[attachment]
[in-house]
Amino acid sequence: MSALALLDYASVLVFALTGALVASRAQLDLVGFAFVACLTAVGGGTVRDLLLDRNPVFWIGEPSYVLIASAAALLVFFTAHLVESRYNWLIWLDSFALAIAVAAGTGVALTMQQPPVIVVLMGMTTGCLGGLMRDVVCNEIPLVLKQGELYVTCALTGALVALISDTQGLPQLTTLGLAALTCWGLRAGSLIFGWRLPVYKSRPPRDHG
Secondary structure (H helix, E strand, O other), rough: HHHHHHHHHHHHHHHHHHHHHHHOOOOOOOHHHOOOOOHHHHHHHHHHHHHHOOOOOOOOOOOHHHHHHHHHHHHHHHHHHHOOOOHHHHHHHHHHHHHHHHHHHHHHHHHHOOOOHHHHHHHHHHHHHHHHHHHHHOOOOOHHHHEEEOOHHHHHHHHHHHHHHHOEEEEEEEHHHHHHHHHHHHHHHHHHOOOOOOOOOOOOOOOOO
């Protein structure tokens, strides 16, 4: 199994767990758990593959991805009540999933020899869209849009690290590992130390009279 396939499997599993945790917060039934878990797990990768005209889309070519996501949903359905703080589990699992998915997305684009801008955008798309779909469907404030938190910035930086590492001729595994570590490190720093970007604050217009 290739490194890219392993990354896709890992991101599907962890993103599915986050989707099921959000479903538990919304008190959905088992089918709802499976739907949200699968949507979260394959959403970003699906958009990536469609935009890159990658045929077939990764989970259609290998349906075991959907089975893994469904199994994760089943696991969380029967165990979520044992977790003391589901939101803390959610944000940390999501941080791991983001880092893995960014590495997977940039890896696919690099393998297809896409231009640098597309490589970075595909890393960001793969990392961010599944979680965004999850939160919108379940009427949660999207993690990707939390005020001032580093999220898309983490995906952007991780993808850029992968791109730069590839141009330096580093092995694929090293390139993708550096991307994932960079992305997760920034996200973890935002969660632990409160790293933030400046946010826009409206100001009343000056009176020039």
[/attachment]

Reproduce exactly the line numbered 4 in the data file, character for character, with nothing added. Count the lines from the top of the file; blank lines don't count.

């Protein structure tokens, strides 16, 4: 199994767990758990593959991805009540999933020899869209849009690290590992130390009279 396939499997599993945790917060039934878990797990990768005209889309070519996501949903359905703080589990699992998915997305684009801008955008798309779909469907404030938190910035930086590492001729595994570590490190720093970007604050217009 290739490194890219392993990354896709890992991101599907962890993103599915986050989707099921959000479903538990919304008190959905088992089918709802499976739907949200699968949507979260394959959403970003699906958009990536469609935009890159990658045929077939990764989970259609290998349906075991959907089975893994469904199994994760089943696991969380029967165990979520044992977790003391589901939101803390959610944000940390999501941080791991983001880092893995960014590495997977940039890896696919690099393998297809896409231009640098597309490589970075595909890393960001793969990392961010599944979680965004999850939160919108379940009427949660999207993690990707939390005020001032580093999220898309983490995906952007991780993808850029992968791109730069590839141009330096580093092995694929090293390139993708550096991307994932960079992305997760920034996200973890935002969660632990409160790293933030400046946010826009409206100001009343000056009176020039």